One hundred years ago, there was a baby born here in America who grew up to become a meteorologist and mathematician.  Edward Norton Lorenz (May 23, 1917 – April 16, 2008), in the course of repeating some weather experiments grew frustrated when even though he repeated the exact same experiment over and over, he never got the same result.  The reason was that he could never begin with the exact same weather conditions from 5 minutes ago.  There would always be some very minute change of temperature or wind direction.  We can thank him for coining the phrase “Butterfly Effect”, which refers to the idea that the flapping of a butterfly's wings on one side of the globe creates tiny changes in the atmosphere that may ultimately alter the path of a tornado in on the other side of the globe.

There are now several books and charity websites based on this idea that even our smallest actions create an unforeseen Butterfly Effectthat can ripple across time and space to make a change in the world that affect the countless lives of others.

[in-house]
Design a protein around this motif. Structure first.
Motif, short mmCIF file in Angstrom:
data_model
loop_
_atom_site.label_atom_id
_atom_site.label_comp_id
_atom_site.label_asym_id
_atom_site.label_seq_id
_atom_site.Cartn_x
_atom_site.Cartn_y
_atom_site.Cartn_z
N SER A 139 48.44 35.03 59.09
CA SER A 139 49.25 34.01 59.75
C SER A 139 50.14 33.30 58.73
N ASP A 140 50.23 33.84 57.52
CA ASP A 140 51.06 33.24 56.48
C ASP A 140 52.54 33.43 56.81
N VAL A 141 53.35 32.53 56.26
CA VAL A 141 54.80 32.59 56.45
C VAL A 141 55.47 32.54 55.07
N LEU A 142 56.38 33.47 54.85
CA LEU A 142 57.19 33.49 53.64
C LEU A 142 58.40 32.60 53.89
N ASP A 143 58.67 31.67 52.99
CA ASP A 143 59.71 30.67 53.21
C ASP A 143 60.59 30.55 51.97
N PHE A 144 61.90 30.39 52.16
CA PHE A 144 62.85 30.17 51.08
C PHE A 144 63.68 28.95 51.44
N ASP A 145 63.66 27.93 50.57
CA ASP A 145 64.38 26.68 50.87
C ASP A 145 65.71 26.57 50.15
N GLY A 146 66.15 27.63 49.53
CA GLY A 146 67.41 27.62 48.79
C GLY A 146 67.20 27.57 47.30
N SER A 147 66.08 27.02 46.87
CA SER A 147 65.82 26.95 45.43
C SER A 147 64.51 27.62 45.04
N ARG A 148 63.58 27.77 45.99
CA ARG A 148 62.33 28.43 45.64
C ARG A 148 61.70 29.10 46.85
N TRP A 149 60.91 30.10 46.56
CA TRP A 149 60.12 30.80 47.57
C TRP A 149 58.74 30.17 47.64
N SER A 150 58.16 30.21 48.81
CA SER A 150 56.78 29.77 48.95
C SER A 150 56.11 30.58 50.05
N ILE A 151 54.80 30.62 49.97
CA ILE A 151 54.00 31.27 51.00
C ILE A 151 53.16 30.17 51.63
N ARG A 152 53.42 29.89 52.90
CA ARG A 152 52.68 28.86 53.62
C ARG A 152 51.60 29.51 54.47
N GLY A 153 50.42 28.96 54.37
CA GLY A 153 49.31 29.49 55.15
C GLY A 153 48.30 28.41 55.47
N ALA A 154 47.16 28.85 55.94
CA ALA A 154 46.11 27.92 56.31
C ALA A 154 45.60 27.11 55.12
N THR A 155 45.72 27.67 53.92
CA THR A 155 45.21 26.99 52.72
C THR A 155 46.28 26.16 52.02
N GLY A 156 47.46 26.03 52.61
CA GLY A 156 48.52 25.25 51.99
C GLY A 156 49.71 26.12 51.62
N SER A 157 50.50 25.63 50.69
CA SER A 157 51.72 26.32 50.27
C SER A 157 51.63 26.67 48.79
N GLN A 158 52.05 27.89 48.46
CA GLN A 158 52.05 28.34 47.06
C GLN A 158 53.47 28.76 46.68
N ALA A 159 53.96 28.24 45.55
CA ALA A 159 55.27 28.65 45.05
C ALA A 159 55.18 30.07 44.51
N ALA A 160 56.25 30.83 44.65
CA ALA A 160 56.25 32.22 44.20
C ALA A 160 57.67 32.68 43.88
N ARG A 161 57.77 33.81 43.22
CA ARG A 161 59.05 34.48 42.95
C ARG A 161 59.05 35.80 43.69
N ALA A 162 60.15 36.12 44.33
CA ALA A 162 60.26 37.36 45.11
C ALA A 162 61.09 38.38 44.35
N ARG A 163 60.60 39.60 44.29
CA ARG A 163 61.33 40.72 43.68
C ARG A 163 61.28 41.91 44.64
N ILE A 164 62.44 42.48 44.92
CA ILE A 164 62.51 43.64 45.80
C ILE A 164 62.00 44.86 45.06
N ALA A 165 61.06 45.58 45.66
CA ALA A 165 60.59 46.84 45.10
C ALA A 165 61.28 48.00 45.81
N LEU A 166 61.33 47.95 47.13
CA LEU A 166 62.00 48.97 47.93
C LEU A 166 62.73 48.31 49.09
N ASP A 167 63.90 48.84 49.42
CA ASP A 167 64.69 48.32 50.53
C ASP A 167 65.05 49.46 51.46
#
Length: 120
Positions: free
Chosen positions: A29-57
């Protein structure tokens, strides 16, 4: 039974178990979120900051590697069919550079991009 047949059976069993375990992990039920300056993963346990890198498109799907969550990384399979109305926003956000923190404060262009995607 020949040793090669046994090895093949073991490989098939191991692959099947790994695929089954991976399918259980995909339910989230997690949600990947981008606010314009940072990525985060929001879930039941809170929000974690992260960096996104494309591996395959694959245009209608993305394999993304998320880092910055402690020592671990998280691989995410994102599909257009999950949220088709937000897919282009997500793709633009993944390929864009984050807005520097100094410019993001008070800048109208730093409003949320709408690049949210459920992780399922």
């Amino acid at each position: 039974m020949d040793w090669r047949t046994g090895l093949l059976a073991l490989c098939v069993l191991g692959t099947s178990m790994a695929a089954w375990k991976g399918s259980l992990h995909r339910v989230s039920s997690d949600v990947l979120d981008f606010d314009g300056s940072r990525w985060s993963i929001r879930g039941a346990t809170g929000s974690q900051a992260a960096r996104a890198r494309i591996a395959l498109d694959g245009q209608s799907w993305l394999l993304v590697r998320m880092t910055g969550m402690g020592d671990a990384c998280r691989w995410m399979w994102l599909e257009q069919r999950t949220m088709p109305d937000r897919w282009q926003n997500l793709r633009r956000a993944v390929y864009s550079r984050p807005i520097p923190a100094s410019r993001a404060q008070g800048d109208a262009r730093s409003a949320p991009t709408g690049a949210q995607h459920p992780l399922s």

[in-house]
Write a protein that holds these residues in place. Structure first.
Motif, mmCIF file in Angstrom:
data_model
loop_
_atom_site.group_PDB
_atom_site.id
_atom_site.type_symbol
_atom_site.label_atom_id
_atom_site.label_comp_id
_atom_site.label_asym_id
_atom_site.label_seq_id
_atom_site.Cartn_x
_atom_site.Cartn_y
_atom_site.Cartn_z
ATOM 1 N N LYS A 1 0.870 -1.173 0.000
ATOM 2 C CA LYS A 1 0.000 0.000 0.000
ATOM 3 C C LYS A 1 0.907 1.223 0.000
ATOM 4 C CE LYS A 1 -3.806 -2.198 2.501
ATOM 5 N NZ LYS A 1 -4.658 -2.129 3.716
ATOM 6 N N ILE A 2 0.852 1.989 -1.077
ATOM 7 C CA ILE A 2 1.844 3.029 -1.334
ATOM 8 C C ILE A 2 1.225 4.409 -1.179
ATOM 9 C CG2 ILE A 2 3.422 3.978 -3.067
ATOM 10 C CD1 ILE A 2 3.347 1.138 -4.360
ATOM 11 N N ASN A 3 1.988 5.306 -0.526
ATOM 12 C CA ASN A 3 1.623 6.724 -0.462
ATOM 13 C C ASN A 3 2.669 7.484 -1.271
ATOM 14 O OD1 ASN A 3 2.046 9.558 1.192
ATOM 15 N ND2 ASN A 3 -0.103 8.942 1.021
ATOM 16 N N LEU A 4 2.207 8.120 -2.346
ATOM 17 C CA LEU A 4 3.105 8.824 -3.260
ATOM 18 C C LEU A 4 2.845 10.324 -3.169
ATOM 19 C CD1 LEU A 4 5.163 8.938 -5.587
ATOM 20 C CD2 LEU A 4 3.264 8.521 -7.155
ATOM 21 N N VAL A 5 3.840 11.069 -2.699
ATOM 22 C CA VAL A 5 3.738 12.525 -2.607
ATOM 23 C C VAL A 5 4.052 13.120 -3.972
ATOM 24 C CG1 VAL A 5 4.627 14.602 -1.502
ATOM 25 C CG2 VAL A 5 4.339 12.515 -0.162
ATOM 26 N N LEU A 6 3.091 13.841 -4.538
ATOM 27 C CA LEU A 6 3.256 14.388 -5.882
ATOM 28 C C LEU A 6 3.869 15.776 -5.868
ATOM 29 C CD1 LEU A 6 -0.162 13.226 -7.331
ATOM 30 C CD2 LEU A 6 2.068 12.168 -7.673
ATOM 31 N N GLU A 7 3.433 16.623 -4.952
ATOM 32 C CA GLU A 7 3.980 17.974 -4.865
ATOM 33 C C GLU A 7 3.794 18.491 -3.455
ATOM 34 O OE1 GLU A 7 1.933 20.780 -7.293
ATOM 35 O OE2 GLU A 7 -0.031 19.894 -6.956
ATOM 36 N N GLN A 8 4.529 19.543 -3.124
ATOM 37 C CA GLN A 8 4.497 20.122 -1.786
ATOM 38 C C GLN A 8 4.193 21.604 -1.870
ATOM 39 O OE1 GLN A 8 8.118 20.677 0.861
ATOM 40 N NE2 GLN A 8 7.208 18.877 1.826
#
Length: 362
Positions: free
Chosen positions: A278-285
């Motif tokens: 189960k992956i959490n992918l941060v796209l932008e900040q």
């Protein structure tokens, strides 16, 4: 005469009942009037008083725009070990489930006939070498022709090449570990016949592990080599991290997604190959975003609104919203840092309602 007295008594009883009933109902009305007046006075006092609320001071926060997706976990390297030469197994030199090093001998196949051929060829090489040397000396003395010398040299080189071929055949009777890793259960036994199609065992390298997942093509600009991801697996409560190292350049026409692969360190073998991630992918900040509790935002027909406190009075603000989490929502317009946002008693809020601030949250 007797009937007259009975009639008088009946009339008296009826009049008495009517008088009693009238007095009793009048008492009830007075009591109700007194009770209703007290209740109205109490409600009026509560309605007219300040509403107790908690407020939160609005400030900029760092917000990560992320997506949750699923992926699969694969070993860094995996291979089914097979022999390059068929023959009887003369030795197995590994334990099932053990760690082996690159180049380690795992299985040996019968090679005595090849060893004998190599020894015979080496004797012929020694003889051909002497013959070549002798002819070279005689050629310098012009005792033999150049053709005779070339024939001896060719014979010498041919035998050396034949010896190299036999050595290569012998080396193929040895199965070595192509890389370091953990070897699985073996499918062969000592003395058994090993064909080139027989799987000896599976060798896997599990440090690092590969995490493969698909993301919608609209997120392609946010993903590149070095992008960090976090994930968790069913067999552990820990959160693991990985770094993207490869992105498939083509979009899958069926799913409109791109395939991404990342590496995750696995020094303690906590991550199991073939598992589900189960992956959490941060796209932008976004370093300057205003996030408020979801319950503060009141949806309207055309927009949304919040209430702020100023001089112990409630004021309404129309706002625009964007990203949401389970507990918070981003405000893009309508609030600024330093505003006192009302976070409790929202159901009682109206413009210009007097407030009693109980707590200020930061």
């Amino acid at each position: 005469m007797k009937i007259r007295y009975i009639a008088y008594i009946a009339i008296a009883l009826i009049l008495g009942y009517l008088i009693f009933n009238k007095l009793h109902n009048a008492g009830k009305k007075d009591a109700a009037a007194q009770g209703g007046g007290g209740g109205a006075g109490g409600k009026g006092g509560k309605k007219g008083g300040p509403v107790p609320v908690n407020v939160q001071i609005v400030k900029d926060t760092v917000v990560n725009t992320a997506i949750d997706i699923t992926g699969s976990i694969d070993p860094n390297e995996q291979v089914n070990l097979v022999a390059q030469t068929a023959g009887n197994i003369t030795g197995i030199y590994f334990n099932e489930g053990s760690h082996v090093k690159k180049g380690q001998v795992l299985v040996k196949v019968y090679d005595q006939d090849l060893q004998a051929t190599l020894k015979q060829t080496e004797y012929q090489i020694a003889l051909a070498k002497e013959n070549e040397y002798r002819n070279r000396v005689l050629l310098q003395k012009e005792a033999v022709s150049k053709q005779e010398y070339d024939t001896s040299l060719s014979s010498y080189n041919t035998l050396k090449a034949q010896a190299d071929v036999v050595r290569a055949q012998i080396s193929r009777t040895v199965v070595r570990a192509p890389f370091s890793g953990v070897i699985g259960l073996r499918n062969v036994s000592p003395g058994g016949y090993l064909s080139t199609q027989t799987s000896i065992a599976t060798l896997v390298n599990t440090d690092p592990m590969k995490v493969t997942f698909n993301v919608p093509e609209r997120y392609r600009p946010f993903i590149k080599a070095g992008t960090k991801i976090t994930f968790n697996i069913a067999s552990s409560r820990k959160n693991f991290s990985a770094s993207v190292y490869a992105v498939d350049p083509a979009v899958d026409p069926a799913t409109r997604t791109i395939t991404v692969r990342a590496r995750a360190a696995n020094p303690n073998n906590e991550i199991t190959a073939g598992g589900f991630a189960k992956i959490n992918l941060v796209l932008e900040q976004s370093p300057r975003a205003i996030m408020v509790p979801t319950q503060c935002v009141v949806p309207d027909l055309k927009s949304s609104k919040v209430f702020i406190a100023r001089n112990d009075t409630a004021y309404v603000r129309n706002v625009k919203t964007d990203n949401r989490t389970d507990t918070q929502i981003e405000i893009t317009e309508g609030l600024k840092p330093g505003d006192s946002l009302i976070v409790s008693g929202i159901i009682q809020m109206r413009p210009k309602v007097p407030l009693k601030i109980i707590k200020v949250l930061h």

Sometimes, these stories are made into books or movies, like that of Oskar Schindler, or Antonina Żabiński, the Zookeepers Wife, who saved the lives of hundreds of Jews during WWII.

We actually publish the stories of world changers every month in our own Holy Trinity Lamplighter newsletter:  Stories of Sunday School teachers,  furniture movers,  gardeners, generous donors of time, talent, and treasure, organizers of the Nearly New Clothing Sale, seekers of justice and peace for the hungry, the homeless, the refugees and the imprisoned.   There is just no way to measure the Butterfly Effect.   Even your offering today, a percentage of which is generously shared with the NJ Synod who in turn, shares half of it with the ELCA for worldwide ministries.